Treatments for Crohn's Disease

There is not yet a cure for Crohn’s disease so the primary goal of treatment is reduce the inflammation in the affected areas of your digestive tract. (Why hasn't a cure been found for Crohn's disease?) Doctors typically use drug therapy to achieve relief of symptoms and control of inflammation. Depending on your unique situation, you may receive one or more of the drugs mentioned below. In the best cases, this drug therapy might also help facilitate long-term remission. In more severe cases, surgery may be needed. The type of treatment you will need depends on the location and severity of your inflammation.

Here are the most common drugs currently used to treat Crohn’s disease.

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Mild Crohn's Disease

Antidiarrheal medicines may slow or stop the painful intestinal spasm that cause symptoms. Some of these medicines, such as loperamide (Imodium), are available without a prescription while others, such as diphenoxylate (Lomotil) are available only by prescription. It is important to note that antidiarrheal medicines can be dangerous if you use them when you have moderate or severe inflammation of the colon. They can cause a serious complication called toxic megacolon where the colon swells to many times its normal size.

Advanced Crohn's disease

These drugs are used to treat symptoms of Crohn's disease that range from mild to moderate:

Anti-inflammatory drugs

  • Mesalazine or mesalamine (Asacol, Rowasa, Pentasa, Salofalk). This anti-inflammatory medication is designed to reduce inflammation. It has a long history of being used in patients with Crohn’s disease but over time clinical research has shown that it is only nominally effective in treating inflammation in the large intestine and not effective in treating inflammation in the small intestine. It can be taken orally or in the form of a enema or suppository.

  • Sulfasalazine (Azulfidine, Salazopyrin). This drug also reduces inflammation but has not shown promising results in treating Crohn’s disease, which can affect the entire gastrointestinal tract. It has shown to be somewhat effective when used for treating inflammation in the colon.

Antibiotic drugs

  • Metronidazole (Flagyl) and ciprofloxacin (Cipro). These drugs are can help reduce harmful intestinal bacteria and suppress the immune system. They can also reduce the amount of drainage and heal fistulas and abscesses that are common in Crohn’s disease.

Steroid drugs

  • Budesonide (Entocort) and prednisone. Budesonide is a steroid used to reduce inflammation . Entocort works faster than traditional steroids (such as prednisone) and appears to have fewer side effects. It has shown to be effective in treating inflammation in the lower small intestine and the first part of the large intestine, typically known as the is ileum. Prednisone is also a steroid but attacks inflammation throughout the body and acts as an immune suppressant. Those taking prednisone typically only stay on it for is several weeks because it is known to have unpleasant side effects.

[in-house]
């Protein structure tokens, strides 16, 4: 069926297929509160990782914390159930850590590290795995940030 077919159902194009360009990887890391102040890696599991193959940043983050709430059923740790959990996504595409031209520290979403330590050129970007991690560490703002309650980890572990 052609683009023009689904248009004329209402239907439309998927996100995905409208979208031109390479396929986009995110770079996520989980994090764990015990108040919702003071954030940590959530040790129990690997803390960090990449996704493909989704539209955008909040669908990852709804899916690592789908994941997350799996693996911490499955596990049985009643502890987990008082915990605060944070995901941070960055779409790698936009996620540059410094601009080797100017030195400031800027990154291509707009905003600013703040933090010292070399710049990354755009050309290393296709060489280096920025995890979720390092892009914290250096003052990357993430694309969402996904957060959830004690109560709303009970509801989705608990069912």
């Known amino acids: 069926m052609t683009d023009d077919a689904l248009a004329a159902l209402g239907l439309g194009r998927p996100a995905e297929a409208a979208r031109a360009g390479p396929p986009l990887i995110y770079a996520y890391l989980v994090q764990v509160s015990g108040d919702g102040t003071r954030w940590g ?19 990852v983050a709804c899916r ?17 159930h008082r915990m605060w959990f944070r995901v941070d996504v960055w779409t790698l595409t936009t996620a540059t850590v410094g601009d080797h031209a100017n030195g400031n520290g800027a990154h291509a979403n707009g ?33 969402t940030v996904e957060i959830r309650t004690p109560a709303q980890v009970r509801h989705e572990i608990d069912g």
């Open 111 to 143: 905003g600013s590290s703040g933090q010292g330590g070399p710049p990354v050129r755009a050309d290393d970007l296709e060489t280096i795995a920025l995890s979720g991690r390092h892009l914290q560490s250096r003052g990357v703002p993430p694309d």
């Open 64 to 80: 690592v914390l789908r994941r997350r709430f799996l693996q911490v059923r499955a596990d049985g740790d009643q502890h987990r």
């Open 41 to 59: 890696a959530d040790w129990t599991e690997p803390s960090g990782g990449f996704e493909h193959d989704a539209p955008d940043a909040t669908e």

Immune system suppressor drugs

  • Azathioprine (Imuran) and mercaptopurine (Purinethol). These are two of the most widely used immune system suppressants. Immune suppressants reduce inflammation by making the immune system less active. Though a less robust immune system helps with inflammation, it also puts you at higher risk for infection, so use of these drugs need to be closely monitored by your doctor.
  • Methotrexate (Rheumatrex). This drug, which is most often used to treat cancer, psoriasis and rheumatoid arthritis, is sometimes used for those with Crohn's disease who don't respond well to other medications.

Biologic drugs

  • Infliximab (Remicade). This drug is typically used for adults and children with moderate to severe Crohn's disease. It may be prescribed shortly after a diagnosis is made if there is evidence of severe Crohn’s disease or if you have a fistula. It's also used after other drugs have failed. Remicade works by neutralizing a protein that your immune system produces called tumor necrosis factor (TNF) before it can cause inflammation in your intestinal tract.
  • Adalimumab (Humira). Humira works similarly to Remicade by blocking the TNF protein. It is also prescribed shortly after diagnosis for those with moderate to severe Crohn's disease and for those who may have fistula.
  • Certolizumab pegol (Cimzia)
  • Vedolizumab (Entyvio)
  • Ustekinumab (Stelara)

Nutrition therapy

In some cases, your doctor may recommend a special type of nutrition therapy that supplies you with the needed nutrients but allows your bowel and digestive system to rest. This type of nutrition is given through a feeding tube inserted through the nose directly into the digestive tract (called enterel nutrition) or it can also be injected into a vein (parenteral nutrition). Giving your bowel a rest can help reduce inflammation. This type of nutrition therapy is often used to help prepare for surgery or control symptoms that aren’t responding to medications.

Read more about specific treatments for Crohn's disease

Surgery for Crohn's disease

If the above treatments don’t sufficiently relieve your symptoms, your doctor may recommend surgery to remove a damaged portion of your digestive tract (called a bowel resection) and reconnect the healthy sections. Surgery may also be necessary to close fistulas or drain abscesses. Surgery may also be used to widen a segment of intestine that has become too narrow in a procedure called strictureplasty.

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